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Abandoned car false alarms ‘wasting hours of Redbridge enforcement officers’ time’

PUBLISHED: 07:00 18 October 2016

Enforcement officers Awais Shahzada and Ammanuel Asfaw with reporter Matt Clemenson on a patrol in Ilford town centre. Redbridge Council wants to ban spitting, street drinking and deficating in Ilford.

Enforcement officers Awais Shahzada and Ammanuel Asfaw with reporter Matt Clemenson on a patrol in Ilford town centre. Redbridge Council wants to ban spitting, street drinking and deficating in Ilford.

Archant

Redbridge enforcement officers responded to more than 2,500 incorrect reports of abandoned cars, it has been revealed.

Speaking at a meeting of the Redbridge Safer Neighbourhood board in Ilford on Thursday night, Cllr Ross Hatfull, cabinet member for civic pride, gave a brief rundown on the performance of the enforcement team in its first year.

According to statistics he provided, the 15 officers on the team have been responsible for 812 fixed penalty notices, more than 3,000 final warning letters to residents for a variety of issues and 39 community protection warnings for anti-social behaviour.

But perhaps the most standout figure was the news that officers had responded to 2,617 calls to abandoned cars over the last 12 months, 70 per cent of which were not abandoned, and only 4 per cent of which were removed.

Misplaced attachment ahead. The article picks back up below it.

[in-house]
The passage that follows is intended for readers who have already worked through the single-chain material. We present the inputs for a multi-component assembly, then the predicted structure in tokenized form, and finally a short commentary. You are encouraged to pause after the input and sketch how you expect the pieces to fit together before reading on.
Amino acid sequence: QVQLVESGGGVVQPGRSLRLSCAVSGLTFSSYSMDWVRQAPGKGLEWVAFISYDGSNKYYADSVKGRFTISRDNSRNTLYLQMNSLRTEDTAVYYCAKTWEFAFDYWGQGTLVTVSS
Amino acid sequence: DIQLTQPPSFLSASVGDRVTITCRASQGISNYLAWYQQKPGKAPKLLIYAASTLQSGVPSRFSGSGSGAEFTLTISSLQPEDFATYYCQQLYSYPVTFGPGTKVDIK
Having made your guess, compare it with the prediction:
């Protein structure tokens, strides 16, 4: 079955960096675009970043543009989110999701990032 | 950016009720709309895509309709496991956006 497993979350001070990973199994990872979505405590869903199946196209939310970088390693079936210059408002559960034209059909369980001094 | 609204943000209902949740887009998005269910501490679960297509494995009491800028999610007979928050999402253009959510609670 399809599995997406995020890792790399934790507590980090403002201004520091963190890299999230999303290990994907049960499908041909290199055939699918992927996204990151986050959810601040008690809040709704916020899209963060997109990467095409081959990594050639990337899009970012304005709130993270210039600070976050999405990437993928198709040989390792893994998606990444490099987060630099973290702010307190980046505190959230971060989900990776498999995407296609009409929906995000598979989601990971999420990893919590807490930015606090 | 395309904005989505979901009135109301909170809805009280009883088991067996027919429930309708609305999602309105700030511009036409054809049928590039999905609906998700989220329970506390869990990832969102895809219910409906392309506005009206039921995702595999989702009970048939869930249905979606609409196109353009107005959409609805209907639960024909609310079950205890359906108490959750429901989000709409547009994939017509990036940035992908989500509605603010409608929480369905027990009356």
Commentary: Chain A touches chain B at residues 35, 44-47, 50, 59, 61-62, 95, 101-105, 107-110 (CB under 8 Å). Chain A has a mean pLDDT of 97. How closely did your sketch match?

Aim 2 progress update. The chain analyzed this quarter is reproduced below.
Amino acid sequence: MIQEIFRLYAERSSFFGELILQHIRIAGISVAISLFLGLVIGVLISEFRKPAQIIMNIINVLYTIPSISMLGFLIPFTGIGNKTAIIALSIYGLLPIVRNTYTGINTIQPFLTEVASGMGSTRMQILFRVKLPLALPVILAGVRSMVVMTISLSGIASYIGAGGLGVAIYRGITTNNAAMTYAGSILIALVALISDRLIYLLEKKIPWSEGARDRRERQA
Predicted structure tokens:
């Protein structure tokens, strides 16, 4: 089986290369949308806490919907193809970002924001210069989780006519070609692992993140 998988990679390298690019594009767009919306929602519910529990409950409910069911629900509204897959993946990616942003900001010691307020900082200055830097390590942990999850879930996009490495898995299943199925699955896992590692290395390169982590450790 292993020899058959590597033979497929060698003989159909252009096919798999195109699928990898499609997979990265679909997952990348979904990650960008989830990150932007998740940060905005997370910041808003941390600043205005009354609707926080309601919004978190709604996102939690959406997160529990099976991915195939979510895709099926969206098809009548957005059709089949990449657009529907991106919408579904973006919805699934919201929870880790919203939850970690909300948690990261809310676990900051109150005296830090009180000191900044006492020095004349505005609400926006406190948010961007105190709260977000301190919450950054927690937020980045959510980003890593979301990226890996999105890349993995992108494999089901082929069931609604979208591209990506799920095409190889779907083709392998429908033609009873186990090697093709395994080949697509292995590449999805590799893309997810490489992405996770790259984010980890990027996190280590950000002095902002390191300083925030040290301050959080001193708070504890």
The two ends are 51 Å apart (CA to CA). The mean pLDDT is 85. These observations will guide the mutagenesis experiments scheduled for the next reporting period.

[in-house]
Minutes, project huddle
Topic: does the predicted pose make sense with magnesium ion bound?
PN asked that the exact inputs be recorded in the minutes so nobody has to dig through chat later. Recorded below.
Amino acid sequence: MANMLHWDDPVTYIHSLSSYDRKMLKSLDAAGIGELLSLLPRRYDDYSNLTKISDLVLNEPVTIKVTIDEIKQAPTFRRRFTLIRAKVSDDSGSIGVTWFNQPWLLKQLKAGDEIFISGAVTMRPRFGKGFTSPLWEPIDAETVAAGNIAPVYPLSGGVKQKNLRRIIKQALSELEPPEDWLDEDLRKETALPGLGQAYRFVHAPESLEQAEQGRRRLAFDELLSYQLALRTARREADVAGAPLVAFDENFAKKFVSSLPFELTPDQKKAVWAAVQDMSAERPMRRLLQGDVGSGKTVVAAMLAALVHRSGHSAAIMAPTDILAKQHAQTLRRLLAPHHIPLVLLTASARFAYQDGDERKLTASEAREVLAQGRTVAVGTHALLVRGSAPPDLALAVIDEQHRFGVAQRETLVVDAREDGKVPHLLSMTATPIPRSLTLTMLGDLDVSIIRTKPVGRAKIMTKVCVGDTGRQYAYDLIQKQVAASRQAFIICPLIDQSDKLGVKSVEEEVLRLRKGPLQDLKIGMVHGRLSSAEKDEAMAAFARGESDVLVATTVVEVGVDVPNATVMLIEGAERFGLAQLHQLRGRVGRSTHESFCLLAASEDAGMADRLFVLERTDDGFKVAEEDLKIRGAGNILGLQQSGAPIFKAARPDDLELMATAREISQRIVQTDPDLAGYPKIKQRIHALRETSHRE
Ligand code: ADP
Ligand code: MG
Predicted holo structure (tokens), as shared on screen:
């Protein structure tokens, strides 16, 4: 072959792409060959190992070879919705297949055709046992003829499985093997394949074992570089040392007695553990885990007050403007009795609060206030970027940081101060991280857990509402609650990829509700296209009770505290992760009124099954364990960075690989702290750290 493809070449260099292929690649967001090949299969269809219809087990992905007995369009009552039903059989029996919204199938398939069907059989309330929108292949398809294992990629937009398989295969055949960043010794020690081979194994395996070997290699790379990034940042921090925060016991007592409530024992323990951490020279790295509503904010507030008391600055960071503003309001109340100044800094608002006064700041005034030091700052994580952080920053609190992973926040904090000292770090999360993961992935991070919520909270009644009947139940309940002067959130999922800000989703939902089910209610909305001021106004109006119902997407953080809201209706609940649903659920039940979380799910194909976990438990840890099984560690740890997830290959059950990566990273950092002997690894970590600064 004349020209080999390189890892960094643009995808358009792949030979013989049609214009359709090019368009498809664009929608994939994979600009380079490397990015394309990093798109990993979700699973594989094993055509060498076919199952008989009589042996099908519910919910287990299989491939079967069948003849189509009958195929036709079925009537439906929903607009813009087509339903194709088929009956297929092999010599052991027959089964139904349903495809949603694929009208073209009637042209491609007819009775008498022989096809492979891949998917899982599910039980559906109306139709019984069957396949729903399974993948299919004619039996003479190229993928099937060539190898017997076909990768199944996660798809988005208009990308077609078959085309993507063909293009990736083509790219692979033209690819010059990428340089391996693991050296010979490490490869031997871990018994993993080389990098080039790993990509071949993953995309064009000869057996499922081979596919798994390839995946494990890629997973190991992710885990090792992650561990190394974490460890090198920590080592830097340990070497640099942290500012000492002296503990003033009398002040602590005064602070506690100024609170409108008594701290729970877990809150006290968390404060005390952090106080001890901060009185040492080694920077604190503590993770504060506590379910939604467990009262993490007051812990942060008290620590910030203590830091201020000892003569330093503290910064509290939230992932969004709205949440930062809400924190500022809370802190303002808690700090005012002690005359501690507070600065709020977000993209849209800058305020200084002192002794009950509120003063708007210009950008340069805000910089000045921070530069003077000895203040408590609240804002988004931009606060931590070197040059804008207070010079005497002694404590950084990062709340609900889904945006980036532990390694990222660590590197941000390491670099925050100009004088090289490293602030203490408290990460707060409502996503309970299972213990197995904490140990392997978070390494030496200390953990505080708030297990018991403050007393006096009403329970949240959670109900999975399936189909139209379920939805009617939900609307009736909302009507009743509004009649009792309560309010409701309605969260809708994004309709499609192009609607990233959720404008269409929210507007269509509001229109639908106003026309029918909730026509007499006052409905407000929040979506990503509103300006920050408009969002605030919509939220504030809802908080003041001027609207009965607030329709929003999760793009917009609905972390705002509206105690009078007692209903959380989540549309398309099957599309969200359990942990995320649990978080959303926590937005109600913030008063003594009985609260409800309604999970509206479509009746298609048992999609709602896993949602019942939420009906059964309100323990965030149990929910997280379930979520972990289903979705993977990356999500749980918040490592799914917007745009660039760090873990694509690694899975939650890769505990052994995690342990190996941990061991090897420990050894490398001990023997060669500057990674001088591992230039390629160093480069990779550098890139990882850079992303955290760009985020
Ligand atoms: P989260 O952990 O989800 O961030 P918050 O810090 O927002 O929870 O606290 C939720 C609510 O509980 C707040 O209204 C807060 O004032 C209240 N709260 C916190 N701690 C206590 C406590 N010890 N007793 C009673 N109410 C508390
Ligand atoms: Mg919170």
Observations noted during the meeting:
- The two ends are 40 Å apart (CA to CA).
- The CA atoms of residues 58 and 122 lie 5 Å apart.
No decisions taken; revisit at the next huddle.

Lamenting the waste of officers’ time this represented, Cllr Hatfull insisted that steps were in place to make Redbridge residents better at spotting truly abandoned cars.

Speaking after the meeting. Cllr Hatfull told the Recorder: “It’s just about residents making absolutely sure before they report any vehicle to us that they know it is abandoned.

“We have had thousands of call outs to supposedly abandoned cars but only a tiny percentage of them are actually abandoned and that means that we are wasting hours of enforcement officers’ time.

“If residents suspect they may have spotted a car that they think is owned by neighbours or nearby businesses then they shouldn’t phone it in.”

The councillor also revealed at the meeting that the discontinuation of road tax discs had led to the number of reports of abandoned cars in Redbridge doubling.

Where before watchful residents would immediately recognise that cars with up-to-date road tax discs were still in use, now they have no such way of being able to tell.

However, the cabinet member did recommend a solution.

He said: “People can, very easily, go online and check that a car is still registered and taxed properly, and if that is the case then they don’t need to phone it in to the council.”

For the full report, be sure to pick up a copy of this week’s Ilford Recorder, on sale from Thursday.

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